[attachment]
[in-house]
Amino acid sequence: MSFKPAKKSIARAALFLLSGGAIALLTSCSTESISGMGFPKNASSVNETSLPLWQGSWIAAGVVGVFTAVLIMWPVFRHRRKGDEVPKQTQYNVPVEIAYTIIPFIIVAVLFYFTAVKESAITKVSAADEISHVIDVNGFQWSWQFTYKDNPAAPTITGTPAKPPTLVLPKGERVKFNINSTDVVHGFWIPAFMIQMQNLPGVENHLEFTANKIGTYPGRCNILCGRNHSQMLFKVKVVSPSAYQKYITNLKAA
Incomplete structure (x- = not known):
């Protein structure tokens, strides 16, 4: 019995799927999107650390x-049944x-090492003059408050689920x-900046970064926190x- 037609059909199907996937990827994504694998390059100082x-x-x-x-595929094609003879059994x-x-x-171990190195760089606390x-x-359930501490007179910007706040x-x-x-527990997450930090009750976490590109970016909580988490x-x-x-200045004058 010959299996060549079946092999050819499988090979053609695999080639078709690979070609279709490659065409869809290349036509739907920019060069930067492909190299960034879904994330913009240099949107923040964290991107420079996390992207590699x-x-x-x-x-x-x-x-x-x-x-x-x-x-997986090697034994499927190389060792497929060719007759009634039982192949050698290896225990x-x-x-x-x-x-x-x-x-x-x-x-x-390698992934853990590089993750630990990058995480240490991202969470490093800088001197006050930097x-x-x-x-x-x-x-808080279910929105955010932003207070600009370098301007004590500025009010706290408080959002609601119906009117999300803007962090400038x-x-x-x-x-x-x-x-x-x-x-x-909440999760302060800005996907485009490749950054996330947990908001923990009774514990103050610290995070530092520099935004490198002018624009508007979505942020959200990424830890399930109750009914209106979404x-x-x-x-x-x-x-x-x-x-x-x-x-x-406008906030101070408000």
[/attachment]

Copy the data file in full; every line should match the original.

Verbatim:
[in-house]
Amino acid sequence: MSFKPAKKSIARAALFLLSGGAIALLTSCSTESISGMGFPKNASSVNETSLPLWQGSWIAAGVVGVFTAVLIMWPVFRHRRKGDEVPKQTQYNVPVEIAYTIIPFIIVAVLFYFTAVKESAITKVSAADEISHVIDVNGFQWSWQFTYKDNPAAPTITGTPAKPPTLVLPKGERVKFNINSTDVVHGFWIPAFMIQMQNLPGVENHLEFTANKIGTYPGRCNILCGRNHSQMLFKVKVVSPSAYQKYITNLKAA
Incomplete structure (x- = not known):
């Protein structure tokens, strides 16, 4: 019995799927999107650390x-049944x-090492003059408050689920x-900046970064926190x- 037609059909199907996937990827994504694998390059100082x-x-x-x-595929094609003879059994x-x-x-171990190195760089606390x-x-359930501490007179910007706040x-x-x-527990997450930090009750976490590109970016909580988490x-x-x-200045004058 010959299996060549079946092999050819499988090979053609695999080639078709690979070609279709490659065409869809290349036509739907920019060069930067492909190299960034879904994330913009240099949107923040964290991107420079996390992207590699x-x-x-x-x-x-x-x-x-x-x-x-x-x-997986090697034994499927190389060792497929060719007759009634039982192949050698290896225990x-x-x-x-x-x-x-x-x-x-x-x-x-390698992934853990590089993750630990990058995480240490991202969470490093800088001197006050930097x-x-x-x-x-x-x-808080279910929105955010932003207070600009370098301007004590500025009010706290408080959002609601119906009117999300803007962090400038x-x-x-x-x-x-x-x-x-x-x-x-909440999760302060800005996907485009490749950054996330947990908001923990009774514990103050610290995070530092520099935004490198002018624009508007979505942020959200990424830890399930109750009914209106979404x-x-x-x-x-x-x-x-x-x-x-x-x-x-406008906030101070408000």